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New opportunities for older Australians – work test and bring-forward rule
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BY CAMERON JORDAN

What are the changes to the work test?

Under 75

From 1 July 2022, if you’re under the age of 75*, you no longer need to meet the work test to:
  • make non-concessional super contributions (including receiving spouse contributions); and
  • make contributions through salary sacrifice.
Keep in mind that you’ll still need to meet the work test to claim a personal superannuation contribution deduction if you’re aged between 67 and 74. From 1 July 2022, the ATO will administer the work test at the time you lodge your income tax return. It's a good idea to seek advice if you wish to claim a deduction on a personal contribution to ensure that the work test will be met.

Aged 75+

If you’re aged 75 and over, your fund will only be able to accept compulsory employer contributions (such as the Superannuation Guarantee) and downsizer contributions. Your fund won’t be able to:
  • accept salary sacrificed contributions;
  • after-tax contributions; or
  • personal deductible contributions.

What the changes mean for you

One key outcome of work test changes is that even if you’ve retired, you can now make after-tax contributions between age 67 and 74. In previous years, the work test meant that some people retired without enough time to save in their super. For members who previously failed the work test, now may be a good time to find out if you are still able to contribute.

Downsizer contributions

From 1 July 2022, the minimum age for downsizer contributions was reduced from 65 to age 60, with no upper age limit. This may allow you to contribute up to $300,000 from the sale proceeds of your home to your super (subject to eligibility). You may be able to make downsizer contributions on top of other contributions, now that certain work test restrictions have been removed and the bring-forward rule has been extended to persons under 75 years of age in a relevant financial year. 

Bring-forward rule extension

From 1 July 2022, if you’re under 75 years of age at any time in a financial year, you may be able to make a non-concessional contribution (NCC) of up to three times the annual non-concessional cap in that financial year. In 2022-23, the annual cap is $110,000. You must be under the age of 75* for your super fund to accept a non-concessional contribution. Wondering how much you can bring forward? It depends on your ‘total superannuation balance’ on 30 June of the previous financial year. Here are the details for 2022-23:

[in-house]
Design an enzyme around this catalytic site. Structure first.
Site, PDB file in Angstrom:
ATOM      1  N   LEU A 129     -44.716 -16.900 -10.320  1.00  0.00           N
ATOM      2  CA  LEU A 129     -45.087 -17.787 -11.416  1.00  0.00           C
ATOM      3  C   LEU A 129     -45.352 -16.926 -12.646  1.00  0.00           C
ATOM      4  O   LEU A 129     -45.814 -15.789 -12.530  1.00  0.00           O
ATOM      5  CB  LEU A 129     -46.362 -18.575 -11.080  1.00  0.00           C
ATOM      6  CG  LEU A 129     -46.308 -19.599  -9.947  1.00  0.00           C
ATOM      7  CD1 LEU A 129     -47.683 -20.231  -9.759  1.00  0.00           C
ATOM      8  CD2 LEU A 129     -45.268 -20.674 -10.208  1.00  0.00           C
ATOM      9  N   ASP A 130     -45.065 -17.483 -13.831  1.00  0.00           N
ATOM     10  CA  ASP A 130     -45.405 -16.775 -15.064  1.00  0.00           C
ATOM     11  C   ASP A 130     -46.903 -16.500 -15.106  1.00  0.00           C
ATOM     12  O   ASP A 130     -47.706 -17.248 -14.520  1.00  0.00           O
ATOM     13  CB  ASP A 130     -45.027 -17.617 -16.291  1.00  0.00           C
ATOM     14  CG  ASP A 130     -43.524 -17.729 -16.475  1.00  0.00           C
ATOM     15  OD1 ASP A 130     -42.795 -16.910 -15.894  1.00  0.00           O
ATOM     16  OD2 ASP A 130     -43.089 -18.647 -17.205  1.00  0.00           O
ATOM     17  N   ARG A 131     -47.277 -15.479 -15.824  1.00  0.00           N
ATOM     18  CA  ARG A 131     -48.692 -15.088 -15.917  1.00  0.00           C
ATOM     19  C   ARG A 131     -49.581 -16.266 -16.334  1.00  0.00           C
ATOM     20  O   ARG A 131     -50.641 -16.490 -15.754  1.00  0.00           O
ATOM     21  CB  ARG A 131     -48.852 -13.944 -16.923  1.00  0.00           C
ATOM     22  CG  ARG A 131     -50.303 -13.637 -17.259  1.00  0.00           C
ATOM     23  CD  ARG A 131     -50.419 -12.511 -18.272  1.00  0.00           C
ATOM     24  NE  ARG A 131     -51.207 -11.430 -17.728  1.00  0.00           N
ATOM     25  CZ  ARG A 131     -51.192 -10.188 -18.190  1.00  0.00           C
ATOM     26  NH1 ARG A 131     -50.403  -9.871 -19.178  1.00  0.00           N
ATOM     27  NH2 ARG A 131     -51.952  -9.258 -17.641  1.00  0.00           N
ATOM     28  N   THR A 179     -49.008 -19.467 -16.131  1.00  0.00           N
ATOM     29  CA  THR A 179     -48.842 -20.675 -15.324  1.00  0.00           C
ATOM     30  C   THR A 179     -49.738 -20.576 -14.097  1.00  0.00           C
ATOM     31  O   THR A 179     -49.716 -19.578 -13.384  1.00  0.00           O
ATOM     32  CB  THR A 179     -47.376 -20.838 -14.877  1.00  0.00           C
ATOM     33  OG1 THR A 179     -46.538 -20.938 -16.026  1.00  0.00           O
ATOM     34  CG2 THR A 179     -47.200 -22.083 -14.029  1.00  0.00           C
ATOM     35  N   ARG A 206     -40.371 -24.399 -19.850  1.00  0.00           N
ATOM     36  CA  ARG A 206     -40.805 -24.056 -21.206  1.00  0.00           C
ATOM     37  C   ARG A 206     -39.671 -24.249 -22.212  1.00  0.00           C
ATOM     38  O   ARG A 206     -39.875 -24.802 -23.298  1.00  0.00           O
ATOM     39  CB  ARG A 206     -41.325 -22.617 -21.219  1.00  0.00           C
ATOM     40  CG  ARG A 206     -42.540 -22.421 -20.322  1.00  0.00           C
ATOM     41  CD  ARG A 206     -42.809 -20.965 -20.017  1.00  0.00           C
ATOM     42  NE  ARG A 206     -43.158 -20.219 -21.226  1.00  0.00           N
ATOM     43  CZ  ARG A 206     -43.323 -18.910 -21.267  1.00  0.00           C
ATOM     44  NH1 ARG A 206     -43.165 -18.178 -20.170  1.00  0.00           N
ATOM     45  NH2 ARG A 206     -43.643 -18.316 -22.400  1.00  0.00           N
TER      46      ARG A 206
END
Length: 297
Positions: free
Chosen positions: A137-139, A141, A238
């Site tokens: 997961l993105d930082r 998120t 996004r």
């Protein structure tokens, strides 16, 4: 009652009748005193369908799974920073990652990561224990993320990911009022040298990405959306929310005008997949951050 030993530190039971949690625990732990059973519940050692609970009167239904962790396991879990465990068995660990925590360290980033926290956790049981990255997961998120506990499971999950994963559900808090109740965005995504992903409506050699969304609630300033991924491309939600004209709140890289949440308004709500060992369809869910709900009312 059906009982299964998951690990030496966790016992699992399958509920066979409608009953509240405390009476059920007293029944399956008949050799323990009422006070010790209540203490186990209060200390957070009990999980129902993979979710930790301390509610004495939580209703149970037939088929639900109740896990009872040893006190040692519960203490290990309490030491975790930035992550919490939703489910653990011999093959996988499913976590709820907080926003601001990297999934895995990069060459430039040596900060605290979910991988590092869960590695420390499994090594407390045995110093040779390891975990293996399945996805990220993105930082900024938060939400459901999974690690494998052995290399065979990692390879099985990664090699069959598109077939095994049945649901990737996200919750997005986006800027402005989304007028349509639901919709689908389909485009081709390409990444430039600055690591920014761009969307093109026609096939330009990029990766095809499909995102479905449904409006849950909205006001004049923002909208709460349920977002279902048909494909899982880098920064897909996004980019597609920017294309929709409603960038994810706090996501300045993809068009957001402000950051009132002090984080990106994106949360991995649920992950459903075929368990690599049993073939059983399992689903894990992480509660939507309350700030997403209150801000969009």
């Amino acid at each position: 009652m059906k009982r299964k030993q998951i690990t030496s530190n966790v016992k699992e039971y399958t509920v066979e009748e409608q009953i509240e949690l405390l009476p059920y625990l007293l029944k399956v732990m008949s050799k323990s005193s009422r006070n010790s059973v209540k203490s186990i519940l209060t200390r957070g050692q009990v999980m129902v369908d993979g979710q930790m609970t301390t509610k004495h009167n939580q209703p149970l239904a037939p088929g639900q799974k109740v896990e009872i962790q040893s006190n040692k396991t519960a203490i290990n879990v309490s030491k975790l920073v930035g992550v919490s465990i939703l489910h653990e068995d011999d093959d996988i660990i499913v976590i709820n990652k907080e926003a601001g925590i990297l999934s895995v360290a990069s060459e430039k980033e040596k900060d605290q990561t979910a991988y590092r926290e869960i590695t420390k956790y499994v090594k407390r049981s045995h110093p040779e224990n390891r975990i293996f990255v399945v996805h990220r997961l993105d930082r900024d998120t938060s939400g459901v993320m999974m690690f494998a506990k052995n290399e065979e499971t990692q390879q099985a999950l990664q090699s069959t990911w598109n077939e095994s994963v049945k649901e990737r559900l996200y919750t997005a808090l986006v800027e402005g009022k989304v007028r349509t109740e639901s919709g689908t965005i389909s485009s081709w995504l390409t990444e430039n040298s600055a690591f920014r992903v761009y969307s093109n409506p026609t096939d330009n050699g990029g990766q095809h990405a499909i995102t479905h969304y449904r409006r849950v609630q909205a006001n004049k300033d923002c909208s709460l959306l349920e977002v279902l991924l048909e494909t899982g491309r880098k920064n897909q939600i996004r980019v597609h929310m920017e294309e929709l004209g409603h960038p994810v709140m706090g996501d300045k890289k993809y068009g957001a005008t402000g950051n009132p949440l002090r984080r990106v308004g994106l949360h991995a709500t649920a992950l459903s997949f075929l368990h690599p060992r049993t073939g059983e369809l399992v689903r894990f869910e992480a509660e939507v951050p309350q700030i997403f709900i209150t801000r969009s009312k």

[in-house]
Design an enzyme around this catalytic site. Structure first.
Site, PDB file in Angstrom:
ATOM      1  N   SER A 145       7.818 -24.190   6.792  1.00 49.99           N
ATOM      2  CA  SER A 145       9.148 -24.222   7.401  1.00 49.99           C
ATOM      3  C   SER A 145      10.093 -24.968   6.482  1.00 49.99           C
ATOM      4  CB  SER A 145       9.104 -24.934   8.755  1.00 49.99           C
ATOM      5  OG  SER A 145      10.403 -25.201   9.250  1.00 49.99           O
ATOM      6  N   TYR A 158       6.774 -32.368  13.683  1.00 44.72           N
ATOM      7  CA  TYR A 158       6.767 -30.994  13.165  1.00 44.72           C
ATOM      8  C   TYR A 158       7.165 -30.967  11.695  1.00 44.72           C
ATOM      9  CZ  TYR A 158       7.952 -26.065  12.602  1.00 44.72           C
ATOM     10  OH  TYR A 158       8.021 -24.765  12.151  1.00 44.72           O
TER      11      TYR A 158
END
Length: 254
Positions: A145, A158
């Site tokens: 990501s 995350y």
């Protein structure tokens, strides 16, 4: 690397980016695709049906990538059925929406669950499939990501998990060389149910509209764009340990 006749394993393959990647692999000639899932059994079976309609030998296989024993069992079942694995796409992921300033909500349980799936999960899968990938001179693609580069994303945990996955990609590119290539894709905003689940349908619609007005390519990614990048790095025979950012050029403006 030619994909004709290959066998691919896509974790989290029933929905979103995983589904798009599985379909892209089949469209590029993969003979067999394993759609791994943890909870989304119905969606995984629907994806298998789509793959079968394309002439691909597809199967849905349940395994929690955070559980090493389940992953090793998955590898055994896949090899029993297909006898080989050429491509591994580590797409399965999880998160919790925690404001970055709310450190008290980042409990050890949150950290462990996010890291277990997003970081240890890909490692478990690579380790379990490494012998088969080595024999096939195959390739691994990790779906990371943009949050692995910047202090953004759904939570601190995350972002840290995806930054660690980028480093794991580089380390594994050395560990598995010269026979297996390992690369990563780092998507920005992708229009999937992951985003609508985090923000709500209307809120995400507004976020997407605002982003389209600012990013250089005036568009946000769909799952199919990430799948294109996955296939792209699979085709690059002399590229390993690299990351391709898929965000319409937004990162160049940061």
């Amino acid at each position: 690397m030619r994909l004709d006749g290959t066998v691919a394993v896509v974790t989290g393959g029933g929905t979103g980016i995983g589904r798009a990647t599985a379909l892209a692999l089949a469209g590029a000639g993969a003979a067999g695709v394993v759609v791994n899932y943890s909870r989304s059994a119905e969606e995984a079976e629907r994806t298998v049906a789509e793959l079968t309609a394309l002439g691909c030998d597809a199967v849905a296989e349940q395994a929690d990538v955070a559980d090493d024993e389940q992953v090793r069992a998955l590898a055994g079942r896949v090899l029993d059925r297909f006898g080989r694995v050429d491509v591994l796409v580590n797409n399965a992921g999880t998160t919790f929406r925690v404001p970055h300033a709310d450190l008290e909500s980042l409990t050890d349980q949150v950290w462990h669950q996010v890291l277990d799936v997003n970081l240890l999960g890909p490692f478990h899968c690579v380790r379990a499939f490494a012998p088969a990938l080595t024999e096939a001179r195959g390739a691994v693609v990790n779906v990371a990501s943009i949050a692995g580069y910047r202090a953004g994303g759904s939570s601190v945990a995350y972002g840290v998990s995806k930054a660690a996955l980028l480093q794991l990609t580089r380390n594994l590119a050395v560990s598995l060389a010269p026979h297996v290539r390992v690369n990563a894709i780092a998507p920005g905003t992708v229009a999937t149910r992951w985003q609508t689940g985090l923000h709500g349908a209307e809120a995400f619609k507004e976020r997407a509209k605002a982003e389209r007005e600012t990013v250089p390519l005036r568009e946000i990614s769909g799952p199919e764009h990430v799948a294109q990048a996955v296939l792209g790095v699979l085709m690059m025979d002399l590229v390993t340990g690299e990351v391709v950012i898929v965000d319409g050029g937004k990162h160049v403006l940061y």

Not sure what your total superannuation balance is? Check ATO Online Services through myGov.

What the changes mean for you

  • Before 1 July 2022, you had to be under age 67 at some point in the financial year to trigger the bring-forward rule in that year. Now, that age cap has been lifted to under age 75. This might be handy for older members who want to contribute a large lump sum that exceeds the annual cap (for example, if you have proceeds from selling your property, or an inheritance to invest).
  • It’s important to make sure you don’t exceed your contribution caps, as this could mean footing an extra tax bill.
  • Generally, the earlier you contribute, the more prepared you’ll likely be for retirement. These changes now give older Australians more flexibility to contribute, even in their early retirement. It may also allow them to increase their contributions using the bring-forward rule.
  • Remember that these are only two changes in isolation. You should look at these in the context of your situation (and maybe your partner’s). Consider seeking financial advice to help you learn more about what contributions you could make, which types of contributions are appropriate and their implications.
*Age 75 includes up to 28 days after the end of the month in which you turn age 75
The information contained in this article is current as at 9 August 2022
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